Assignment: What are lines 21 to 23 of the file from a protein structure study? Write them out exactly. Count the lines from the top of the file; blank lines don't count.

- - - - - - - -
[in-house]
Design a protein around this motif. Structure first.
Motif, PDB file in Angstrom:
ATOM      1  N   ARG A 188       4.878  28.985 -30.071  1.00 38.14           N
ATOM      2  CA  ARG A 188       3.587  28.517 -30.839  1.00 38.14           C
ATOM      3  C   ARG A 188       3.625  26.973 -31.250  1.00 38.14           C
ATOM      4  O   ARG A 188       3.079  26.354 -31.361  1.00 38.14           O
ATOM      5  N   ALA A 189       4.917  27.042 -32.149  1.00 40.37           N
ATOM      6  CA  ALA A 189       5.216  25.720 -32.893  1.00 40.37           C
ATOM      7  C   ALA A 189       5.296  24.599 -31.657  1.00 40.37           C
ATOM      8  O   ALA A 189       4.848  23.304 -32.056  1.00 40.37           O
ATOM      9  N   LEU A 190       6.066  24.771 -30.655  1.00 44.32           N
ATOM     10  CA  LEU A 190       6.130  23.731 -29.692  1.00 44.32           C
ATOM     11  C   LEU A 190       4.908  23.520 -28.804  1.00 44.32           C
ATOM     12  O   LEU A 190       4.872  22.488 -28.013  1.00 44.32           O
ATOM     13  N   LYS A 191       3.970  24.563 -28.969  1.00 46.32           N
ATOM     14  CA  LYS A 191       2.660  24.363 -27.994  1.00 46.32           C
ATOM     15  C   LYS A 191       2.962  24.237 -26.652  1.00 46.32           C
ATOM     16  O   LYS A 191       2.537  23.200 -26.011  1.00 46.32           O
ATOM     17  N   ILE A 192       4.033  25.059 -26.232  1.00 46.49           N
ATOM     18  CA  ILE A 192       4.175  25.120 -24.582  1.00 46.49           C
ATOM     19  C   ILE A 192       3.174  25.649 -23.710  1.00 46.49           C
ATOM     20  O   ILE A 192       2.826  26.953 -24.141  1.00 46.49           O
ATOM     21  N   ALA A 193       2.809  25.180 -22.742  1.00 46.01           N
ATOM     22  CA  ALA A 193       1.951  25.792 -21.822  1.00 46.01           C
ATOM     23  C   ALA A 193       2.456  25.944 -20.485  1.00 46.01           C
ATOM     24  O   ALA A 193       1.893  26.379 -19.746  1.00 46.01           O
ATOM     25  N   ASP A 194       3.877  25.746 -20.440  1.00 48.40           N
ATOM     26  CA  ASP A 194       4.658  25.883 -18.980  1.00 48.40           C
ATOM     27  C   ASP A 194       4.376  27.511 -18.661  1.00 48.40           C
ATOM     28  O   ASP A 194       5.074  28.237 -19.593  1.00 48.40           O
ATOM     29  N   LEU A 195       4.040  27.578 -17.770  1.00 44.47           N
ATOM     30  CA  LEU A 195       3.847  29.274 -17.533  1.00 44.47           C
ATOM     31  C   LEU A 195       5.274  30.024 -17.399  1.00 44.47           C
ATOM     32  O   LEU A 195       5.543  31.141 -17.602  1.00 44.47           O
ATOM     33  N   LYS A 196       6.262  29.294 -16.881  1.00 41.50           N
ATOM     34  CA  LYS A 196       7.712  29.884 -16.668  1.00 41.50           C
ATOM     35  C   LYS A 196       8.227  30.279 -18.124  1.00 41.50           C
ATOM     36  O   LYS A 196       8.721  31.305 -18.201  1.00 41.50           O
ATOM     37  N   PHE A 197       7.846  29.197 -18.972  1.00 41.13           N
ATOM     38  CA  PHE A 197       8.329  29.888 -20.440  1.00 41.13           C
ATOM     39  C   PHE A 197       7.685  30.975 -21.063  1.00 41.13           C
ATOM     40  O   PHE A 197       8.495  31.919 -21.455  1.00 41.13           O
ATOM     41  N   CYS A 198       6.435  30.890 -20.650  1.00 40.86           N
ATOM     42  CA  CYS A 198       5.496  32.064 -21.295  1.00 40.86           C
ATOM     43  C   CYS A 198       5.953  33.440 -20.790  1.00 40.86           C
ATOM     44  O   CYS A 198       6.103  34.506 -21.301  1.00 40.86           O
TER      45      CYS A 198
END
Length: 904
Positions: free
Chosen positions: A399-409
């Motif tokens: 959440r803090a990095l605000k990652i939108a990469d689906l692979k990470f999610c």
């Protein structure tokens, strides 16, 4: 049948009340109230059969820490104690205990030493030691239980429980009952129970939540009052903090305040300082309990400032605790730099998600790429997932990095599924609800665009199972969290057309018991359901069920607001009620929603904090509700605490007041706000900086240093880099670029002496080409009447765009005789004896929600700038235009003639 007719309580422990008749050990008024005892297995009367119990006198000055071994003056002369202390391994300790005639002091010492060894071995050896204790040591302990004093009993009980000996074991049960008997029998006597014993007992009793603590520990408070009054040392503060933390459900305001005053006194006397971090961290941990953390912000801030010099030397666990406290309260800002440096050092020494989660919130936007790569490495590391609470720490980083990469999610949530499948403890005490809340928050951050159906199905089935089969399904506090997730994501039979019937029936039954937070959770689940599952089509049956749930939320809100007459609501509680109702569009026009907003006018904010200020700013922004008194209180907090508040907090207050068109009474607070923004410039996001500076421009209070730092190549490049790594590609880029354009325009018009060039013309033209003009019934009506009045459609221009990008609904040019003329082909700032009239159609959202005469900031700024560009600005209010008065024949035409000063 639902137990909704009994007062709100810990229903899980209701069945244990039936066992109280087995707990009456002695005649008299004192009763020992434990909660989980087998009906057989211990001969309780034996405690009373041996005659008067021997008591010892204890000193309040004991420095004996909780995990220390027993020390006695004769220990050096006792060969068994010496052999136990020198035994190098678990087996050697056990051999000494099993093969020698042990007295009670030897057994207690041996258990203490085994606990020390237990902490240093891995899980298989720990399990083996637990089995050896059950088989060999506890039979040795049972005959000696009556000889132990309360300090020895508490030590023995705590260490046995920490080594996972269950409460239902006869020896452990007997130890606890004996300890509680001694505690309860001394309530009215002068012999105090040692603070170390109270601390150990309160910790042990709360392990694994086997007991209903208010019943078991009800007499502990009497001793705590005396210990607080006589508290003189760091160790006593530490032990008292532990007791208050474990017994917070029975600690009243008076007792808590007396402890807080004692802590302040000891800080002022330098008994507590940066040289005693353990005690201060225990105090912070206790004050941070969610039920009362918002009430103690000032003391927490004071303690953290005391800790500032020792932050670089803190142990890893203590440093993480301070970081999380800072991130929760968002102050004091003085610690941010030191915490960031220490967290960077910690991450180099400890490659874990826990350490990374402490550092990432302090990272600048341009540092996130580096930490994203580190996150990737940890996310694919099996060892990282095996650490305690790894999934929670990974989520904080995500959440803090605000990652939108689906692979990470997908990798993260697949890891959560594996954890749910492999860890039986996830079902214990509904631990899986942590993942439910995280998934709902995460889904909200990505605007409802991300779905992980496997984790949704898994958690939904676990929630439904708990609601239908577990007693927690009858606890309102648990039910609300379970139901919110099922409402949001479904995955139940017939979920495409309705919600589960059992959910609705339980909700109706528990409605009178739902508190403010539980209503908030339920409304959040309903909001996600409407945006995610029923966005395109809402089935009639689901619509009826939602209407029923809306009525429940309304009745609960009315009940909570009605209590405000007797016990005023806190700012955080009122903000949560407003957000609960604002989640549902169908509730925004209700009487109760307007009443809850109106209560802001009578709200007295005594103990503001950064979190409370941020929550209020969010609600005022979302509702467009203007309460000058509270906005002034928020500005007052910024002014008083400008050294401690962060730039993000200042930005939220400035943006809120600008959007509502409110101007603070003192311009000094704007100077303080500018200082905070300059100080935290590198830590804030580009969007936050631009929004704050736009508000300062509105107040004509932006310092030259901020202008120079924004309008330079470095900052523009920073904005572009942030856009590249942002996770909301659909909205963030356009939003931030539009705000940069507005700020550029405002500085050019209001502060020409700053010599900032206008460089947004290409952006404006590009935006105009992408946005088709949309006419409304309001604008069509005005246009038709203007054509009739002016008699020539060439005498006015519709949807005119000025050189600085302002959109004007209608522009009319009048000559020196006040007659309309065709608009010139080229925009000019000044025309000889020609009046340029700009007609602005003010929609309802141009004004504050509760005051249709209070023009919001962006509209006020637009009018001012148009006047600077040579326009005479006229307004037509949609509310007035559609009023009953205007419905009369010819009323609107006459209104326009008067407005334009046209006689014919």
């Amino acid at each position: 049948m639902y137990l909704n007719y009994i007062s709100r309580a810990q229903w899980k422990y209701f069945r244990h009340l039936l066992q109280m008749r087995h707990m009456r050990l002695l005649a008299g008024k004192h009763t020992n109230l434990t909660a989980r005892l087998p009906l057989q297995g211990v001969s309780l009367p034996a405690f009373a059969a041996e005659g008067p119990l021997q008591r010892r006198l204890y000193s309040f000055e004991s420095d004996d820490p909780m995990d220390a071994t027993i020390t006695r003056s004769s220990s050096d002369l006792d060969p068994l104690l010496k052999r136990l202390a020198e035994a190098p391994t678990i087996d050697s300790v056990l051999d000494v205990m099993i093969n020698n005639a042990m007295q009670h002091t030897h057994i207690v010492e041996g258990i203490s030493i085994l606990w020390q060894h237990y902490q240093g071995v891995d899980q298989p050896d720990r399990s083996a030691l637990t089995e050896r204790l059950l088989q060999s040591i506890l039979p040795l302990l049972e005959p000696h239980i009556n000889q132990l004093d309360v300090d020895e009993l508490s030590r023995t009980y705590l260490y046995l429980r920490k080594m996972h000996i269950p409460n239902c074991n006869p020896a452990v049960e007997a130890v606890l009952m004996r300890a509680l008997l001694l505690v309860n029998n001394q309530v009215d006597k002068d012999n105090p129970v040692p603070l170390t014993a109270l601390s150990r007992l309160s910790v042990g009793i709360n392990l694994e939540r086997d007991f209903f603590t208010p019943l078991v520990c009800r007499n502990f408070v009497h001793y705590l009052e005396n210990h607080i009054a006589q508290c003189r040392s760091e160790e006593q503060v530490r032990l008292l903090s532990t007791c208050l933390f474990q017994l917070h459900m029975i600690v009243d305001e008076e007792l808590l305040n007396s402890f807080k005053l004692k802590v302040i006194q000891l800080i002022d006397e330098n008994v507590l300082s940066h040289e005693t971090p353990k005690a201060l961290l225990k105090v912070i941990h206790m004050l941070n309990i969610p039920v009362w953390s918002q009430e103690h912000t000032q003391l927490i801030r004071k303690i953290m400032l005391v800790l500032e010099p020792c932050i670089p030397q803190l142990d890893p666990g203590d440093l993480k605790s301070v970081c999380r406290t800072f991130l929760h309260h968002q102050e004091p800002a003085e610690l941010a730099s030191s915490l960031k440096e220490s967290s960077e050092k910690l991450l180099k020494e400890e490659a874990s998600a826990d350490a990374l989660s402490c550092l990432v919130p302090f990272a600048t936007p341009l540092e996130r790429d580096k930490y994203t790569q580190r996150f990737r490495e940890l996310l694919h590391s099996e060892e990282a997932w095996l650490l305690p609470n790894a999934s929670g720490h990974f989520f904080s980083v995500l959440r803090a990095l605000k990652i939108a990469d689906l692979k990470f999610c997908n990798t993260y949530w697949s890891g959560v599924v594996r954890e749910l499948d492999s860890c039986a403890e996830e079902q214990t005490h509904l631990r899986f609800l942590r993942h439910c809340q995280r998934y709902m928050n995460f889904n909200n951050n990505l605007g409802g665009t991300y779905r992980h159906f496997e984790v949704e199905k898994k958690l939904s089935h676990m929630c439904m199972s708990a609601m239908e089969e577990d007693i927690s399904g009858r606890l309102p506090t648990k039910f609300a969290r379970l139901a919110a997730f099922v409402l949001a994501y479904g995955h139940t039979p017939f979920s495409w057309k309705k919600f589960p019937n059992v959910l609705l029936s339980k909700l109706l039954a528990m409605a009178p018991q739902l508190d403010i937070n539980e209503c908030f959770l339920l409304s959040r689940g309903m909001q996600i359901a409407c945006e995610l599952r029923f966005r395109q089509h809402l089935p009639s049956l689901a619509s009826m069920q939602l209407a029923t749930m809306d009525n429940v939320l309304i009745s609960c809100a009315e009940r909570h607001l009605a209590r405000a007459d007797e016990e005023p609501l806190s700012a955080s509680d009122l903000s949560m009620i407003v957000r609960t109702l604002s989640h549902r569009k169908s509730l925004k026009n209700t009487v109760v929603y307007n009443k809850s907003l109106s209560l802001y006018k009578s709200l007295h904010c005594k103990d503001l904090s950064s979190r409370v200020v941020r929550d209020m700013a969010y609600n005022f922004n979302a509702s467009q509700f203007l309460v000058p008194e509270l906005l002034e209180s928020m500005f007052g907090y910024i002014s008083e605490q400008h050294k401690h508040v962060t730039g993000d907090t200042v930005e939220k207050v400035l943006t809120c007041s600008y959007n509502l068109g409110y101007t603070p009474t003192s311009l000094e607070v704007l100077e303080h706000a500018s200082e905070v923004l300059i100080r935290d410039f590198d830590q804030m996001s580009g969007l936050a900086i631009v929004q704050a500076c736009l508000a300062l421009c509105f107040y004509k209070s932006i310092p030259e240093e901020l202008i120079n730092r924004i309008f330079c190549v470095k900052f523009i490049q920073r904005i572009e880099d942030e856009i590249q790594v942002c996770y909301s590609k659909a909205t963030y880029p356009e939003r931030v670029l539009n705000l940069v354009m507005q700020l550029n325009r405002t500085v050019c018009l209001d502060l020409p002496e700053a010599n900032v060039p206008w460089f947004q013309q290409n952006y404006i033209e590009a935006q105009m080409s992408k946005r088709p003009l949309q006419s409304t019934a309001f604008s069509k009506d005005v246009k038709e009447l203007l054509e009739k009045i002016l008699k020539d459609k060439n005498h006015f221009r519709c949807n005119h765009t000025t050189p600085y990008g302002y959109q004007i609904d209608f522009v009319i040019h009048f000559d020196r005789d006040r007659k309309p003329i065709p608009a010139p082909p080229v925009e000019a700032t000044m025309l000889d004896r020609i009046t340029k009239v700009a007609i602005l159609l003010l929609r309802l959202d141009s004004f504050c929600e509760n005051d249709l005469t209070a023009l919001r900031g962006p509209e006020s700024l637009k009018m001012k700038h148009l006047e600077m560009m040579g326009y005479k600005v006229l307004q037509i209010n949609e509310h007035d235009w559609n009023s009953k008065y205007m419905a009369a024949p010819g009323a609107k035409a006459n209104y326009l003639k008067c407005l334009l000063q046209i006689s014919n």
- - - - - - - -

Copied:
ATOM     18  CA  ILE A 192       4.175  25.120 -24.582  1.00 46.49           C
ATOM     19  C   ILE A 192       3.174  25.649 -23.710  1.00 46.49           C
ATOM     20  O   ILE A 192       2.826  26.953 -24.141  1.00 46.49           O